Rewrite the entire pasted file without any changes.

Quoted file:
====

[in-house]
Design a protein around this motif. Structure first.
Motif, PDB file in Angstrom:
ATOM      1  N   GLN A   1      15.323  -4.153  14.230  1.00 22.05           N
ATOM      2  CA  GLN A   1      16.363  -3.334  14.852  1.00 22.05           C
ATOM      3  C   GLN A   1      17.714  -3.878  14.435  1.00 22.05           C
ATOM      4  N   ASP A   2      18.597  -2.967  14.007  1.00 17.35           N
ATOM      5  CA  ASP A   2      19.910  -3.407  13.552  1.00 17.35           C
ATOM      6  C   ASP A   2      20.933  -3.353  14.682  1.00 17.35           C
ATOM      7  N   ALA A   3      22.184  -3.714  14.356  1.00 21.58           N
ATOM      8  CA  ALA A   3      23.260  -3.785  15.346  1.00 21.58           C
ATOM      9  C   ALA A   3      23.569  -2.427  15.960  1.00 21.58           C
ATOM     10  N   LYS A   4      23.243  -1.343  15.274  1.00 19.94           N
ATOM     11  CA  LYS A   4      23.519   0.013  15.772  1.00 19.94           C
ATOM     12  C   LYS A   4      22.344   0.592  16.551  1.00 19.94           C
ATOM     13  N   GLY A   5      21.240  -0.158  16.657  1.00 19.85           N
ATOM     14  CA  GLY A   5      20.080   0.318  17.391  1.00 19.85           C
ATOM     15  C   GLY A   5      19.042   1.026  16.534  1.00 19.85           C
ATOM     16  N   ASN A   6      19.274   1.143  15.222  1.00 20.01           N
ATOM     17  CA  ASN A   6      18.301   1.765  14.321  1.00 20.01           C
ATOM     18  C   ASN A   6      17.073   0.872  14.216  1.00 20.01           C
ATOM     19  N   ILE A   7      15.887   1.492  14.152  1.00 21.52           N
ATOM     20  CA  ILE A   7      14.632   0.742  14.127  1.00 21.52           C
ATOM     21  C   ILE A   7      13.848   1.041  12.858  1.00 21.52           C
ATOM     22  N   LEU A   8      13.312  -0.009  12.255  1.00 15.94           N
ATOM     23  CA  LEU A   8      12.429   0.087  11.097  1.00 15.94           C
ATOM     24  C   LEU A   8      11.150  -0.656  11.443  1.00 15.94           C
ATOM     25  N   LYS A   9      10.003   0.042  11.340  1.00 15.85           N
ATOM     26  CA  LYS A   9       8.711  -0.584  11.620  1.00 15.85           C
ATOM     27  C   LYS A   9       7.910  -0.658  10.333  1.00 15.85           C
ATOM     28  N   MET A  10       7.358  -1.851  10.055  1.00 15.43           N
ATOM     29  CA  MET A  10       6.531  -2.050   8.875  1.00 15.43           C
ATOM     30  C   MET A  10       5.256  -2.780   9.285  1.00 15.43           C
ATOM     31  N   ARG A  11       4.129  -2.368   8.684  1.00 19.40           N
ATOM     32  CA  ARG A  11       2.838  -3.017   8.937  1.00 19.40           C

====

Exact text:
[in-house]
Design a protein around this motif. Structure first.
Motif, PDB file in Angstrom:
ATOM      1  N   GLN A   1      15.323  -4.153  14.230  1.00 22.05           N
ATOM      2  CA  GLN A   1      16.363  -3.334  14.852  1.00 22.05           C
ATOM      3  C   GLN A   1      17.714  -3.878  14.435  1.00 22.05           C
ATOM      4  N   ASP A   2      18.597  -2.967  14.007  1.00 17.35           N
ATOM      5  CA  ASP A   2      19.910  -3.407  13.552  1.00 17.35           C
ATOM      6  C   ASP A   2      20.933  -3.353  14.682  1.00 17.35           C
ATOM      7  N   ALA A   3      22.184  -3.714  14.356  1.00 21.58           N
ATOM      8  CA  ALA A   3      23.260  -3.785  15.346  1.00 21.58           C
ATOM      9  C   ALA A   3      23.569  -2.427  15.960  1.00 21.58           C
ATOM     10  N   LYS A   4      23.243  -1.343  15.274  1.00 19.94           N
ATOM     11  CA  LYS A   4      23.519   0.013  15.772  1.00 19.94           C
ATOM     12  C   LYS A   4      22.344   0.592  16.551  1.00 19.94           C
ATOM     13  N   GLY A   5      21.240  -0.158  16.657  1.00 19.85           N
ATOM     14  CA  GLY A   5      20.080   0.318  17.391  1.00 19.85           C
ATOM     15  C   GLY A   5      19.042   1.026  16.534  1.00 19.85           C
ATOM     16  N   ASN A   6      19.274   1.143  15.222  1.00 20.01           N
ATOM     17  CA  ASN A   6      18.301   1.765  14.321  1.00 20.01           C
ATOM     18  C   ASN A   6      17.073   0.872  14.216  1.00 20.01           C
ATOM     19  N   ILE A   7      15.887   1.492  14.152  1.00 21.52           N
ATOM     20  CA  ILE A   7      14.632   0.742  14.127  1.00 21.52           C
ATOM     21  C   ILE A   7      13.848   1.041  12.858  1.00 21.52           C
ATOM     22  N   LEU A   8      13.312  -0.009  12.255  1.00 15.94           N
ATOM     23  CA  LEU A   8      12.429   0.087  11.097  1.00 15.94           C
ATOM     24  C   LEU A   8      11.150  -0.656  11.443  1.00 15.94           C
ATOM     25  N   LYS A   9      10.003   0.042  11.340  1.00 15.85           N
ATOM     26  CA  LYS A   9       8.711  -0.584  11.620  1.00 15.85           C
ATOM     27  C   LYS A   9       7.910  -0.658  10.333  1.00 15.85           C
ATOM     28  N   MET A  10       7.358  -1.851  10.055  1.00 15.43           N
ATOM     29  CA  MET A  10       6.531  -2.050   8.875  1.00 15.43           C
ATOM     30  C   MET A  10       5.256  -2.780   9.285  1.00 15.43           C
ATOM     31  N   ARG A  11       4.129  -2.368   8.684  1.00 19.40           N
ATOM     32  CA  ARG A  11       2.838  -3.017   8.937  1.00 19.40           C